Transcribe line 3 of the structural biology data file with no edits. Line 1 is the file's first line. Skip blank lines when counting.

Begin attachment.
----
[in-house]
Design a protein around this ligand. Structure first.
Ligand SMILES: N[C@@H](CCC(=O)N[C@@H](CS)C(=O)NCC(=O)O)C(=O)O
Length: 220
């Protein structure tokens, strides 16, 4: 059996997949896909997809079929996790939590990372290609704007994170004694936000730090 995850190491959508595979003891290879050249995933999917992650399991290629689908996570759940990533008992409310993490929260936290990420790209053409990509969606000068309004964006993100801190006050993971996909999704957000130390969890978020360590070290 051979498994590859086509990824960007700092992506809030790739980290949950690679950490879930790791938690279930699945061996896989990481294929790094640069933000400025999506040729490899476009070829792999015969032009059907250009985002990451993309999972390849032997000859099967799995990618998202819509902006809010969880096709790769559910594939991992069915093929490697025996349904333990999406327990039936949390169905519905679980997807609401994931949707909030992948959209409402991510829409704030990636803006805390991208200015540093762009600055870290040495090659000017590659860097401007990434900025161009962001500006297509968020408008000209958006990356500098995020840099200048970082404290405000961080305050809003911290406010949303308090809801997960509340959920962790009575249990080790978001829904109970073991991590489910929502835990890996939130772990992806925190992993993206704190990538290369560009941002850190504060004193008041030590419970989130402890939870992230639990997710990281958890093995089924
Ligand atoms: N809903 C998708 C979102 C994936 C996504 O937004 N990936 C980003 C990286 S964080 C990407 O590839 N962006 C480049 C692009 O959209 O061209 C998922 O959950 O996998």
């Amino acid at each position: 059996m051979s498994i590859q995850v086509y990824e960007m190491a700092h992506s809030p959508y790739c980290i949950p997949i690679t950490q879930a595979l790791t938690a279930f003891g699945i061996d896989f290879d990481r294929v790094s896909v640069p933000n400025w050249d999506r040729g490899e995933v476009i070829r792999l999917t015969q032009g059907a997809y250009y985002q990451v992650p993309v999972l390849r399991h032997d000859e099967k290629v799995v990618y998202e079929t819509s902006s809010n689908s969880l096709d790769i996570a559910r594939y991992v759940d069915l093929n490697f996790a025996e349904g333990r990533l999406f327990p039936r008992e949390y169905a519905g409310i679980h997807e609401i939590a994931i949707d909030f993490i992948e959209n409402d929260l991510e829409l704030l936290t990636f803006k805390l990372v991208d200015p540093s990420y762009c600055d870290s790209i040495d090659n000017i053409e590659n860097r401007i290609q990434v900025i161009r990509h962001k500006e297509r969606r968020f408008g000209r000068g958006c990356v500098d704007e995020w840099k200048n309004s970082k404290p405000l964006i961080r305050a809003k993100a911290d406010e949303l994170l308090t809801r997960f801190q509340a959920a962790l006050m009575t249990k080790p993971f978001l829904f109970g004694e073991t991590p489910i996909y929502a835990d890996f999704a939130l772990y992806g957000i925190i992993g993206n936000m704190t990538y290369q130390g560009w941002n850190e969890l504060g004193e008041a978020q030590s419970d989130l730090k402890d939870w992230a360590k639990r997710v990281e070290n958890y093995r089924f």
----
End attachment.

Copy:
Ligand SMILES: N[C@@H](CCC(=O)N[C@@H](CS)C(=O)NCC(=O)O)C(=O)O